Papua New Guinea’s government finance office has been hit with a ransomware cyberattack and the hackers are demanding bitcoin, according to Bloomberg News. And while many of the specifics surrounding the attack are still unclear, it’s becoming obvious that hackers won’t just target the wealthiest countries and richest corporations with ransomware anymore.
Papua New Guinea, a country of 9 million people just north of Australia and east of Indonesia, depends heavily on foreign aid to fund many of the country’s services. Unknown hackers targeted PNG’s Department of Finance and its Integrated Financial Management System, which handles much of that financial aid.
The cyberattack reportedly happened last week and while we know the hackers demanded bitcoin, the cryptocurrency of choice for ransomware hacks, the government of Papua New Guinea won’t say how much money has been requested. Ransomware typically involves encrypting sensitive files and demanding a ransom for the decryption keys. In this case, it appears foreign aid funds have even been frozen, according to Bloomberg, though the mechanics of how that happened are still unknown.
To top it all off, Papua New Guinea has struggled in recent weeks with some of its worst covid-19 surges to date. The country is currently averaging about 388 cases per day, widely believed to be an undercount of the actual number due to poor testing, according to Australia’s ABC News. The Pacific nation has also struggled with covid-19 vaccinations, achieving a dismal 1.2% vaccination rate so far.
There simply isn’t enough room in local hospitals to handle the covid-19 patients and oxygen supplies are dangerously low, according to people on the ground witnessing the tragedy unfold. Last week alone, at least 100 people arrived at PNG’s Port Moresby General hospital dead from covid-19. The influx of dead people has led local leaders to plan a mass burial so that corpses aren’t taking up so much space in the overflowing morgue.
As the ABC explains, part of the struggle to get people vaccinated in Papua New Guinea is the proliferation of conspiracy theories online:
Widespread conspiracy theories and misinformation being shared online have been blamed; their spread has been aided by a distrust in government and authorities. In some communities, health workers offering the vaccine have even been threatened or attacked.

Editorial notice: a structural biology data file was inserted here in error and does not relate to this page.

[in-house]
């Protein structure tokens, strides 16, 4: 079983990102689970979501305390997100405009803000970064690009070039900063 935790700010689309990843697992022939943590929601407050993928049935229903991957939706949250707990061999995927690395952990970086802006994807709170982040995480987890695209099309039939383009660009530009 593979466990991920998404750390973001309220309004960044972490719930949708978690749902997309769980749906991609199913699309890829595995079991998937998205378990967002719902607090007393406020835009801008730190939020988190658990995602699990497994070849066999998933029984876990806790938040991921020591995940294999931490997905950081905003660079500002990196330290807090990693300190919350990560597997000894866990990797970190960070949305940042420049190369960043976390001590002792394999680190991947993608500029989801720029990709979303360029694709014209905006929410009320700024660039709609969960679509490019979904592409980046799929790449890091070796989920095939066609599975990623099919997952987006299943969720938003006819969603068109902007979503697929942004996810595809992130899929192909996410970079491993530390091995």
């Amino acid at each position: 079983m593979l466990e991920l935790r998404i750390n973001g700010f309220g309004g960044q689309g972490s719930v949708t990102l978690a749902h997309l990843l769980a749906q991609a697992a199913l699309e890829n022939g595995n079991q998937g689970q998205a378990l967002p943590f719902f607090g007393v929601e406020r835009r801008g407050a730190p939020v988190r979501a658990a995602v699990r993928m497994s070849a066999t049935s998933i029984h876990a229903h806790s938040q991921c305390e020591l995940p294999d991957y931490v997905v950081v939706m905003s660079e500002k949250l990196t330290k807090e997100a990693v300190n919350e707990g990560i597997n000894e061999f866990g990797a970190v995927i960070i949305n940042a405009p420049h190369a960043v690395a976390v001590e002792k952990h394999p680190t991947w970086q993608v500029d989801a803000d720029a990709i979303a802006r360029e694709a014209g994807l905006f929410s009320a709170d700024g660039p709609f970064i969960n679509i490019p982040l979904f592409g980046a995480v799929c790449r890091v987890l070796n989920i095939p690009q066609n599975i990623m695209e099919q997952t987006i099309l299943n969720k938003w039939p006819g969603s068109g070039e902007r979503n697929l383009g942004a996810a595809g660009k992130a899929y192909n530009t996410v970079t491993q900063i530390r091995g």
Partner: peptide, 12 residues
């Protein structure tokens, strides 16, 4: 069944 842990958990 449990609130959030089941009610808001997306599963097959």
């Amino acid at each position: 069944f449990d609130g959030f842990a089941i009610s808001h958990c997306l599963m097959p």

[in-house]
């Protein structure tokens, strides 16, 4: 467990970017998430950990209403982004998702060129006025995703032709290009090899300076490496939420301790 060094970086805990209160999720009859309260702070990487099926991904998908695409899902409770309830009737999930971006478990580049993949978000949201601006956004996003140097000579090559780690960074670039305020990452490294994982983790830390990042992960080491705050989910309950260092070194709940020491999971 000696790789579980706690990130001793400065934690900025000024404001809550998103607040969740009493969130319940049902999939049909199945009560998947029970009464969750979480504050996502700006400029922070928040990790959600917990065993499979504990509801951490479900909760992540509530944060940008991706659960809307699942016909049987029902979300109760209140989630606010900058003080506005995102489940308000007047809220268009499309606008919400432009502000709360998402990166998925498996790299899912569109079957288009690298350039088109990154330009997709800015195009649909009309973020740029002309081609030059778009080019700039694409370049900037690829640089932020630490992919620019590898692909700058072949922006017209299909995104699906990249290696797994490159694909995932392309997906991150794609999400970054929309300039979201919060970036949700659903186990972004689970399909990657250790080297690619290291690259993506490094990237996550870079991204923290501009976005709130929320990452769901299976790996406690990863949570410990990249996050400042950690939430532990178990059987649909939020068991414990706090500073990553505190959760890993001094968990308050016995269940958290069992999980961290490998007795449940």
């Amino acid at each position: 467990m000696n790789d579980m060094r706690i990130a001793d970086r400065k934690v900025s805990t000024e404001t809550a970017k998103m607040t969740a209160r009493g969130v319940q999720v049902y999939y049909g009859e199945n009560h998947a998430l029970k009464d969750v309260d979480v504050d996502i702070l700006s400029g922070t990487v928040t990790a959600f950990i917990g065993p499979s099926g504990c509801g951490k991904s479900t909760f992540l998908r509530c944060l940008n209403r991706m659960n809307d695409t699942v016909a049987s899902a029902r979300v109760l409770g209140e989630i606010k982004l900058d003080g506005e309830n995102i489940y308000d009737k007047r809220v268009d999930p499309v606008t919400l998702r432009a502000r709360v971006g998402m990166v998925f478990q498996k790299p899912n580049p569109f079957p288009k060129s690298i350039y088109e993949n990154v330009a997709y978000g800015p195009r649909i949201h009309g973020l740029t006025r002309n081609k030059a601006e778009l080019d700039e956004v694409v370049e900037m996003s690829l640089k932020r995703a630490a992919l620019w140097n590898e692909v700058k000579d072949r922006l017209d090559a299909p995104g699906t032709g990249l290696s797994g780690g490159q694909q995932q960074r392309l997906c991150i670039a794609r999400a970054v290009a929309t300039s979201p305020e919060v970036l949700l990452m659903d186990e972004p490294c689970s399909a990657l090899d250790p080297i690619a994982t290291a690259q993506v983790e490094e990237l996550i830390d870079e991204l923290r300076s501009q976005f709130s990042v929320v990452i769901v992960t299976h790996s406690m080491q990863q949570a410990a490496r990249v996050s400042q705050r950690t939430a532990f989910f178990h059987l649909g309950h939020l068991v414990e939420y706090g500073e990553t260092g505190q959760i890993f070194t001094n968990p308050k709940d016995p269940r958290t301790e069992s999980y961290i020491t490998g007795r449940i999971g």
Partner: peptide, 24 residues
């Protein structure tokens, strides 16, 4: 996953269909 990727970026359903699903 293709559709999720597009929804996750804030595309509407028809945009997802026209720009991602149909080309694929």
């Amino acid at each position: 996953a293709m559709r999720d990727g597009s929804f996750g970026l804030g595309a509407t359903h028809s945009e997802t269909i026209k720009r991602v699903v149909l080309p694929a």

In April, Facebook announced it was launching an education campaign in PNG, but it does not seem to have spread widely. The ABC has asked how many users it was rolled out to and is awaiting the response.
Gizmodo has also asked Facebook over email about its education campaign in Papua New Guinea, which explained its ads had reached over 800,000 people.
“The Papua New Guinea Covid Misinformation media literacy campaign ran ads on Facebook and Instagram educating users on the top tips to spot misinformation related to COVID-19 online,” a Facebook spokesperson told Gizmodo early Thursday.
“Between 7 April and 28 June, the ads reached over 800,000 people and had over 4.6 million impressions. 88% of the people reached were under the age of 45. 38% of people reached were female and 62% were male.”
In the meantime, let’s just hope the hackers don’t soak PNG for all it’s worth. Big companies like JBS meat processor, which paid $11 million in bitcoin earlier this year to get its files decrypted, can absorb those kinds of costs. They may even work them into their regular budgets these days, as bitcoin ransomware becomes more and more common. But countries like PNG are hanging by a thread financially. They simply don’t need this shit right now.
Updated 7:28 a.m. ET with comment from Facebook about its program in PNG.